Road & Track eviscerates the ELR
"...with a sticker price this lofty, I canít help but think the ELR would need to be powered by nothing more than the hopes and dreams of some GM executive in order to make financial sense."
"GM is repeating the same basic mistake: Luxury brands donít survive by taking an entry-level car, slathering it with leather, and doubling the price. The ELR will forever be known as a $76,000 Volt, just as the Cimarron will forever be known as a Cavalier with a Cadillac crest."
"The ELR is fine around town (until you reach the limits of its nautical turning circle), but this coupe is truly happiest on the highway. 70Ė90 mph cruising is surprisingly relaxed and quiet. Except that at those speeds, a quick prod of the throttle is often met with an unexpected and seemingly complete interruption of power while the computer orchestrates a drive mode change in the exceedingly complicated transmission."
"$76,000 is an astonishing amount of money for the ELR. And thatís the base priceómy test car was $82,135. The only way I can begin to wrap my head around this is to imagine some executive in Detroit hearing that you can find a $100,000 Tesla Model S on every California street corner in every rich area from Malibu to Marin. If Tesla does it, you can imagine their thought process. Cadillac can, too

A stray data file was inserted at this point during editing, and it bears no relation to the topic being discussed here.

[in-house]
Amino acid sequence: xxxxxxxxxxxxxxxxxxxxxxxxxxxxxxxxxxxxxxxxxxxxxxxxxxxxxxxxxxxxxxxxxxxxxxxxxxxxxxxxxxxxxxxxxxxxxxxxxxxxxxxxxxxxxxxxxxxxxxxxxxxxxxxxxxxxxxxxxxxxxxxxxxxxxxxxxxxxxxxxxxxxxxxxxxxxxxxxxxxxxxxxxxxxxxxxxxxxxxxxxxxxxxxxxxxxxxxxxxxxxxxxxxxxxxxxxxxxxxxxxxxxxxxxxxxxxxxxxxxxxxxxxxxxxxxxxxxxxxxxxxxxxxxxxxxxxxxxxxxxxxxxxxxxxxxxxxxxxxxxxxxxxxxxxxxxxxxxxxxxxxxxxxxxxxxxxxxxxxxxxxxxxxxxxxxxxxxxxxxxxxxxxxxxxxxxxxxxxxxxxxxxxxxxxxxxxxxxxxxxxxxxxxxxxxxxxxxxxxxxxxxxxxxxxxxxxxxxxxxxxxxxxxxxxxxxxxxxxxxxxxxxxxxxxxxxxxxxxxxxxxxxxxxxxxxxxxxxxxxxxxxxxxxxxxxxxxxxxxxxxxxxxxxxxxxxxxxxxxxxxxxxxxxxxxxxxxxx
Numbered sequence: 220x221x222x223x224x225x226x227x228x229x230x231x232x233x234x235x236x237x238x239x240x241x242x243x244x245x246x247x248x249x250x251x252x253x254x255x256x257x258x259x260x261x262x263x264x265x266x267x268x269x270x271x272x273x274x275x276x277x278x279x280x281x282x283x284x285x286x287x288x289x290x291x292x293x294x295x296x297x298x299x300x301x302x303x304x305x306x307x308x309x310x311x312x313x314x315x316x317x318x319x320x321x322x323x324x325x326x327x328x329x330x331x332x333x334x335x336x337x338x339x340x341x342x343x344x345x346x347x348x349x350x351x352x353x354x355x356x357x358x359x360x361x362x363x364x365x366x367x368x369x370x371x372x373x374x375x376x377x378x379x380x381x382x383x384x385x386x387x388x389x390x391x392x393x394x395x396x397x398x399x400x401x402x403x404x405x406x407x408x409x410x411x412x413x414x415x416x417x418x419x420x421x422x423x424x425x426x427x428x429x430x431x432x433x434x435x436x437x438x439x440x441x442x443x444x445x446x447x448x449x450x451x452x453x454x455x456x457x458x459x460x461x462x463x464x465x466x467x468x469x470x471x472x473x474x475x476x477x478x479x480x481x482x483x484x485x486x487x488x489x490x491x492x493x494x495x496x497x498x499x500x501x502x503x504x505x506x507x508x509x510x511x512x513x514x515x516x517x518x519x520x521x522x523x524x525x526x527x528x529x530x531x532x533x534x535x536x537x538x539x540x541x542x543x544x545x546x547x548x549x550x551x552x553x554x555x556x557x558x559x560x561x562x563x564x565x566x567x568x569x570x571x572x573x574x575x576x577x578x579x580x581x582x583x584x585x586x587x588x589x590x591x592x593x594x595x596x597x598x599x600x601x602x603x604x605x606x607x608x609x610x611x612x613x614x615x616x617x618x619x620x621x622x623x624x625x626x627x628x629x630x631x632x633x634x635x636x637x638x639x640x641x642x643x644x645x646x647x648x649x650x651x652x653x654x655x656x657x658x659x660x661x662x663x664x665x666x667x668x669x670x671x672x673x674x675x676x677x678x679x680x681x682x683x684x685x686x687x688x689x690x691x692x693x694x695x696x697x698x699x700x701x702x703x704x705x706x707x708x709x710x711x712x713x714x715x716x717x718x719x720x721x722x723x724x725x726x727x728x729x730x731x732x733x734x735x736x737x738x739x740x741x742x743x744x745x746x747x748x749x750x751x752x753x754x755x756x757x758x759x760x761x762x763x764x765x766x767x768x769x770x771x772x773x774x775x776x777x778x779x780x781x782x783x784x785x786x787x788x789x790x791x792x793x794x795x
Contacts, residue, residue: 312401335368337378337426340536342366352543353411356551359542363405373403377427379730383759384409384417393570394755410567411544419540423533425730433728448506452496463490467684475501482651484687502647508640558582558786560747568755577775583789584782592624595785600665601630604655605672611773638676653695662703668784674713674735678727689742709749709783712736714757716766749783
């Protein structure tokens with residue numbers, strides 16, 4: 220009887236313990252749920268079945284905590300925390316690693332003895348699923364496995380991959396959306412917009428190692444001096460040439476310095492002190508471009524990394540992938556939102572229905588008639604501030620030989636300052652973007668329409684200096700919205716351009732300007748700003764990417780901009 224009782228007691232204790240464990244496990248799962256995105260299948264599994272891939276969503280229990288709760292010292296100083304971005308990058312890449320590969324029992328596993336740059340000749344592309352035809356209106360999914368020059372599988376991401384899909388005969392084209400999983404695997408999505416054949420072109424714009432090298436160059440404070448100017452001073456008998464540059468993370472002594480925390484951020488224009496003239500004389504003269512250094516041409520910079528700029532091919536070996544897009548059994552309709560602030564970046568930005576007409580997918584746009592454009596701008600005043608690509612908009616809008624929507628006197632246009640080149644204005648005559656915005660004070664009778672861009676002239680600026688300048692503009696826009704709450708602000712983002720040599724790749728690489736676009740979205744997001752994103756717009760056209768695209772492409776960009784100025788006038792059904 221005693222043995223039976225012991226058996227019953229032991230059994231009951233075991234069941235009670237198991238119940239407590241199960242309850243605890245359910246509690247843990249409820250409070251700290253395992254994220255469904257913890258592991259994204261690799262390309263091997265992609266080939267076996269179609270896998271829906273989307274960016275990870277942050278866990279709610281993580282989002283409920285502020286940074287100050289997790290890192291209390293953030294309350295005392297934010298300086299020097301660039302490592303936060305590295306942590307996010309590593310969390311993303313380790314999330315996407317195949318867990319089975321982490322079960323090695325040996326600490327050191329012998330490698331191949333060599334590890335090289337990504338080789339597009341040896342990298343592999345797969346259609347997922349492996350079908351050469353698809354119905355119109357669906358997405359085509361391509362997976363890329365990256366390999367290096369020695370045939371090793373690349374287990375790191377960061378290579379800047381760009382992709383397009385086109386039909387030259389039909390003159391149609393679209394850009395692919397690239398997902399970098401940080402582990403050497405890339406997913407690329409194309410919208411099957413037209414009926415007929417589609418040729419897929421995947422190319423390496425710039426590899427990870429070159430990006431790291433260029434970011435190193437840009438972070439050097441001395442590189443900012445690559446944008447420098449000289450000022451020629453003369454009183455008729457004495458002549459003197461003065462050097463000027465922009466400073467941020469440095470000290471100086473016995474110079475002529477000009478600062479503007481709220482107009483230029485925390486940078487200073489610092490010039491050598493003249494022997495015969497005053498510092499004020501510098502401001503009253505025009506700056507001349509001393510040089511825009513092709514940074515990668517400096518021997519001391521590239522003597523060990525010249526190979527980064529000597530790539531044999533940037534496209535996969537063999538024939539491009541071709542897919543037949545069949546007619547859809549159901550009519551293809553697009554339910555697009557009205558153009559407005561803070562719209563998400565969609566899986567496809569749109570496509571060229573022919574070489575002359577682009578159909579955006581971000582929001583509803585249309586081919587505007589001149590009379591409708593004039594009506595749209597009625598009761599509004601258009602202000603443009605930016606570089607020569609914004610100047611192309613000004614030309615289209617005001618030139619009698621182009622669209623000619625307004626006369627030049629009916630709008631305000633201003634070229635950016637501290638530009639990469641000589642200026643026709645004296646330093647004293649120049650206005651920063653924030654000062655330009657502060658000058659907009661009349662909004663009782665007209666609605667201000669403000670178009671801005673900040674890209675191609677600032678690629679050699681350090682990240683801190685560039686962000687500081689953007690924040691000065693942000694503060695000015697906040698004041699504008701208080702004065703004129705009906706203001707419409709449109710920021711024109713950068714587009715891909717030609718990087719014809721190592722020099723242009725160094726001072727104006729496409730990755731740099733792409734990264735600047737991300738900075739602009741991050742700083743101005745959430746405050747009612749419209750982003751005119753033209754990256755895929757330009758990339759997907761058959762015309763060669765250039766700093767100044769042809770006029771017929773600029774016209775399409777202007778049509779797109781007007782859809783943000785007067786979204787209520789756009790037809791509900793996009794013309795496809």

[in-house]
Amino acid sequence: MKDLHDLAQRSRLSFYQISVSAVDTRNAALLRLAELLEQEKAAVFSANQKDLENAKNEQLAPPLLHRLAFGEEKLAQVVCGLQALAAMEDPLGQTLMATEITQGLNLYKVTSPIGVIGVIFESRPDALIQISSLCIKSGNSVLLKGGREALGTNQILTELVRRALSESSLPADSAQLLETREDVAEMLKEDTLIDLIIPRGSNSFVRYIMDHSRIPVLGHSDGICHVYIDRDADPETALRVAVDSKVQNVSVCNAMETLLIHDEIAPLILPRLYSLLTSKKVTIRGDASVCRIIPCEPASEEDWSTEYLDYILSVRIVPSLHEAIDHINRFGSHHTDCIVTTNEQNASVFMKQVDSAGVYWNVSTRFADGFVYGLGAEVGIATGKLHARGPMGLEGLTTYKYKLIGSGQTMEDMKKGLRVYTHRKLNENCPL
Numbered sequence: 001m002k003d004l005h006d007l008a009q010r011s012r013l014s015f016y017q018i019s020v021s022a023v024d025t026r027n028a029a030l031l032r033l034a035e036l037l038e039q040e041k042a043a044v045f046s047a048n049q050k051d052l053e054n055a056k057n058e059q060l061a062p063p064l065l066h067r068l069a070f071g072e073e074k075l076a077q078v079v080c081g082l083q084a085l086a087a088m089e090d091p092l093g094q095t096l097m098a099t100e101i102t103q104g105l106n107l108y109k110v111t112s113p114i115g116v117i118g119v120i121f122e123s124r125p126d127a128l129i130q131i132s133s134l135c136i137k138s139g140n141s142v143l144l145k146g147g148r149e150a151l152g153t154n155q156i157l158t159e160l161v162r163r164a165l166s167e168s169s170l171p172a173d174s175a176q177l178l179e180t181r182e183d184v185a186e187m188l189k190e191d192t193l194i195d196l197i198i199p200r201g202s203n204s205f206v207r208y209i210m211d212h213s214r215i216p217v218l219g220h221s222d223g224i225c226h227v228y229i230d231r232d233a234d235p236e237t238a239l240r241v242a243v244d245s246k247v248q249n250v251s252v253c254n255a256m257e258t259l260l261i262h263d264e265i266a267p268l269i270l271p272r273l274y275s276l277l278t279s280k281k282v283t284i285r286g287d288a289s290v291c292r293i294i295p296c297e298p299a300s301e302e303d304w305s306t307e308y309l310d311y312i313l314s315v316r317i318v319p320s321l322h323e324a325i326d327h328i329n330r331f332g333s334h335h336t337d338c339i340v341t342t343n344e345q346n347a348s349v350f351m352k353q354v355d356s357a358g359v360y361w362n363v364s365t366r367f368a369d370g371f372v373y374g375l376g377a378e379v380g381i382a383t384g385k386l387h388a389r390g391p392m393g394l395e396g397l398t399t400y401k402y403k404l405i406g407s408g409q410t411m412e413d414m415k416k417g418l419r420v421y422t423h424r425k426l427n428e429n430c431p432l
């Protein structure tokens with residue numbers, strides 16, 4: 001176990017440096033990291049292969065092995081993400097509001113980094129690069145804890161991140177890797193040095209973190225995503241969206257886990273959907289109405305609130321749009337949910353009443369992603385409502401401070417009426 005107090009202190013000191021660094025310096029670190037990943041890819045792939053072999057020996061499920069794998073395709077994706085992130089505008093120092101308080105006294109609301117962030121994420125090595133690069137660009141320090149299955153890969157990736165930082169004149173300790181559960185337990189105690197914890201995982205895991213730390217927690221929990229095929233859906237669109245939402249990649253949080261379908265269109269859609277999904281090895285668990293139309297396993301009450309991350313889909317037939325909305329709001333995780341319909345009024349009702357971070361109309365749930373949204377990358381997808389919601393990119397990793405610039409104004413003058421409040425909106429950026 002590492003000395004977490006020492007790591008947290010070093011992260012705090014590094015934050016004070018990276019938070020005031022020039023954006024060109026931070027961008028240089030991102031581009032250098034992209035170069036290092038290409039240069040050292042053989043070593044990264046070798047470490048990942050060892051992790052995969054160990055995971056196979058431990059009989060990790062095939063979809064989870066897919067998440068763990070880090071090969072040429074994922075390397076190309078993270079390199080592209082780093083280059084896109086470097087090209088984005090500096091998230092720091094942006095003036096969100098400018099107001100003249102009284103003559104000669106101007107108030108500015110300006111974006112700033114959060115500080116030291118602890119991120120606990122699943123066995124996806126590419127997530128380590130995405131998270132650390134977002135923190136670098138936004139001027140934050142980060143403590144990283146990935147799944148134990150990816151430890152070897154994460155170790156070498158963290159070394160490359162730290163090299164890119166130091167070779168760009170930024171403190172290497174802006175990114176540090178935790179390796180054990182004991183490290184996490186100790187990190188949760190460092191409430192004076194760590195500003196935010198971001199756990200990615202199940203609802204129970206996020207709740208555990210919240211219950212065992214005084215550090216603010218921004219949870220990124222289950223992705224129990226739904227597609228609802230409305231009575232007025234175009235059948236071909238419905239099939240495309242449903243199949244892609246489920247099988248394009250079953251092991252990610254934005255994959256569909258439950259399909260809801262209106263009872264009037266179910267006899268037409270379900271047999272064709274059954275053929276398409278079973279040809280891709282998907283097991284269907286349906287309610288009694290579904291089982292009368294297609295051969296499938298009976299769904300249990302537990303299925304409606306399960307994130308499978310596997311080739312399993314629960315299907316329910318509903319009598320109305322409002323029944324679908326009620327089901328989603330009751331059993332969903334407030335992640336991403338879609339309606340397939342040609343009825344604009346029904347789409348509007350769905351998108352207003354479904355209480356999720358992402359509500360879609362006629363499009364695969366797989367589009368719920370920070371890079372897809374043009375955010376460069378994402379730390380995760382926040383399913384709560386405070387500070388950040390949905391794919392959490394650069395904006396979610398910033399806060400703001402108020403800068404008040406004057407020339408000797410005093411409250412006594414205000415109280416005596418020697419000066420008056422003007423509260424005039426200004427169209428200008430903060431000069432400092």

But it canít. Cadillac doesnít have the leading-edge image that Tesla does. (Do you think Tesla would sell a rebadged Nissan Leaf? Would Apple sell a rebadged Blackberry?) EV customers, like all early adopters, recognize ingenuity, and they reward it with their dollars. The ELR offers nothing new. It breaks zero technological groundóthe Voltís fascinating powertrain did that years ago
More importantly, customers buying an $80,000 Tesla Model S know that they are getting a car thatís comparable to other $80,000 cars. Selling an ELR to someone means hiding the CTS Coupe in the back of the showroom: That conventional, gas-powered Cadillac has almost twice the power, is better proportioned, has a usable backseat, and drives better. Oh, and it costs about half as much."
However, contrary to other recent reviews:
"Once the battery is depleted (after 30 miles of mostly highway driving on our test loop), the iron-block gas engine fires up almost imperceptibly. After pushing the ELR hard, the 16-valve mill will thrum along at its 4800 rpm power peak, producing a scant 84 hp, and its sound is both inoffensive and very hushed."